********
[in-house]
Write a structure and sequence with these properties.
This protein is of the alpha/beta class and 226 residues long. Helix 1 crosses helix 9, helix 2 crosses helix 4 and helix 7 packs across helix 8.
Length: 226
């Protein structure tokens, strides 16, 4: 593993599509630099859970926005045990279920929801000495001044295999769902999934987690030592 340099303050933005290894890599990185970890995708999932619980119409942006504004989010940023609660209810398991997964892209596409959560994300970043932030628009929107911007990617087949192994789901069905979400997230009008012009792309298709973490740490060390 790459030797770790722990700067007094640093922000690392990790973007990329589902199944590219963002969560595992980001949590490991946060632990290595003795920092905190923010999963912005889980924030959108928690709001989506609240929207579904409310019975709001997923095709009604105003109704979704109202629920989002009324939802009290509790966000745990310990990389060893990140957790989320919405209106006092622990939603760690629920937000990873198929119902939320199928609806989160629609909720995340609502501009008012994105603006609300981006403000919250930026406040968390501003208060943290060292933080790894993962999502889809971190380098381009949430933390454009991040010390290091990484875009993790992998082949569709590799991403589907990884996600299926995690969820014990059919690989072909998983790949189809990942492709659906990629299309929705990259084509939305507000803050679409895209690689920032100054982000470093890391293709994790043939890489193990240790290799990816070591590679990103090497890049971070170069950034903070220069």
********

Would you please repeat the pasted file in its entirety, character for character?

[in-house]
Write a structure and sequence with these properties.
This protein is of the alpha/beta class and 226 residues long. Helix 1 crosses helix 9, helix 2 crosses helix 4 and helix 7 packs across helix 8.
Length: 226
């Protein structure tokens, strides 16, 4: 593993599509630099859970926005045990279920929801000495001044295999769902999934987690030592 340099303050933005290894890599990185970890995708999932619980119409942006504004989010940023609660209810398991997964892209596409959560994300970043932030628009929107911007990617087949192994789901069905979400997230009008012009792309298709973490740490060390 790459030797770790722990700067007094640093922000690392990790973007990329589902199944590219963002969560595992980001949590490991946060632990290595003795920092905190923010999963912005889980924030959108928690709001989506609240929207579904409310019975709001997923095709009604105003109704979704109202629920989002009324939802009290509790966000745990310990990389060893990140957790989320919405209106006092622990939603760690629920937000990873198929119902939320199928609806989160629609909720995340609502501009008012994105603006609300981006403000919250930026406040968390501003208060943290060292933080790894993962999502889809971190380098381009949430933390454009991040010390290091990484875009993790992998082949569709590799991403589907990884996600299926995690969820014990059919690989072909998983790949189809990942492709659906990629299309929705990259084509939305507000803050679409895209690689920032100054982000470093890391293709994790043939890489193990240790290799990816070591590679990103090497890049971070170069950034903070220069």